Questão 14

The worlds of infinities 
To see the world in a grain of sand 
And a heaven in a wildflower 
Hold infinity in the palm of you hand 
And eternity in an hour 
(William Blake) 
 
Infinity has stimulated imaginations for thousands of years. It is an idea drawn upon by theologians, poets, artists, philosophers, writers, scientists, mathematicians – an idea that has perplexed and intrigued – an idea that remains illusive. Infinity has taken on different identities in different fields of thought. In early times, the idea of infinity was, rightly or wrongly, linked to large numbers. 
People of antiquity experienced a feeling of the infinite by gazing at stars and planets or at grains of sand on a beach. Ancient philosophers and mathematicians such as Zeno, Anaxagoras, Democritus, Aristotle, Archimedes pondered, posed and argued the ideas that infinity presented. 
Aristotle proposed the ideas of potential and actual infinities. He argued that only potential infinity existed.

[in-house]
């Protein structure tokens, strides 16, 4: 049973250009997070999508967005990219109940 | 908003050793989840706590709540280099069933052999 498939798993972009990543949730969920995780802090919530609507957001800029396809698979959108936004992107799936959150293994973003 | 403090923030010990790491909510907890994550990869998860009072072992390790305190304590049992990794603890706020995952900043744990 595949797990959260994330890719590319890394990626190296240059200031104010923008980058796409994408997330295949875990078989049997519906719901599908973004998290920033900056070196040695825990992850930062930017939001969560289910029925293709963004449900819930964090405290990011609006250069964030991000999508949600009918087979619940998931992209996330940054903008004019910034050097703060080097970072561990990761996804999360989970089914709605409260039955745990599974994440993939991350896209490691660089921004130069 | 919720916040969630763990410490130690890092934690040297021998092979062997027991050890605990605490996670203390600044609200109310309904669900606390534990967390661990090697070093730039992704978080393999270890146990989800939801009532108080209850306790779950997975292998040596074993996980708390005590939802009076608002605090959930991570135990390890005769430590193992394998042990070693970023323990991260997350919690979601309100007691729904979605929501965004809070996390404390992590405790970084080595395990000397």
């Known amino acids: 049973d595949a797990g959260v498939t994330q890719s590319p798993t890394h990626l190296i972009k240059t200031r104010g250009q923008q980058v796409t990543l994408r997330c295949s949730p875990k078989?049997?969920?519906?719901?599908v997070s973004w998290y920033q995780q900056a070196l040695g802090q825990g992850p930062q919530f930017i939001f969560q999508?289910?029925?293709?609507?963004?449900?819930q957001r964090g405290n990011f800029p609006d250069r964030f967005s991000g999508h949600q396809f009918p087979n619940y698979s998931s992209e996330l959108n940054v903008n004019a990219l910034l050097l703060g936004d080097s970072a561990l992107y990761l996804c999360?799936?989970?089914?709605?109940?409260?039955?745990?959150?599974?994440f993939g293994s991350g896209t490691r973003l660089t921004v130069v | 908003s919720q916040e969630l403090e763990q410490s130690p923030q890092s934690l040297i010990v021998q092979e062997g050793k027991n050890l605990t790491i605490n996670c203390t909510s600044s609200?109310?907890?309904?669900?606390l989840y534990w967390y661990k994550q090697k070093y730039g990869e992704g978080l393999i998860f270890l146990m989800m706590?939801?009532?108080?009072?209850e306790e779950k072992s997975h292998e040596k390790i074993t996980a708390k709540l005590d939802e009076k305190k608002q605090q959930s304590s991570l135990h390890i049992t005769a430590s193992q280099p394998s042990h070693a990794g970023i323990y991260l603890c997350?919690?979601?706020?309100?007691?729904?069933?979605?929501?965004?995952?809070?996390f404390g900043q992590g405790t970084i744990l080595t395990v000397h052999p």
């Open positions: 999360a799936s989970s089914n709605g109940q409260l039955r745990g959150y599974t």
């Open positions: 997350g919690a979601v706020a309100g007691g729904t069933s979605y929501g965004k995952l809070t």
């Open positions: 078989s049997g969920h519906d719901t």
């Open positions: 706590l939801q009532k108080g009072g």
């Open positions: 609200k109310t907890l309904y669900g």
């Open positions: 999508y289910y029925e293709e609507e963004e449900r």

In The Sand Reckoner Archimedes dispelled the idea that the number of grains of sand on a beach are infinite by actually determining a method for calculating the number on all the beaches of the Earth. 
Infinity has been the culprit in many paradoxes. Zeno’s paradoxes of Achilles and the tortoise and the Dichotomy have perplexed readers for centuries. Galileo’s paradoxes dealing with segments, points, and infinite sets should also be noted. 
The list of mathematicians with their discoveries and uses or misuses of infinity extends through the centuries […]. 
PAPPAS, T. The Magic of Mathematics: Discovering the Spell of Mathematics, 1994. (Adaptado). 
(ITA-2012) Segundo o texto, a ideia de infinito: 
a)
b)
c)
d)
e)
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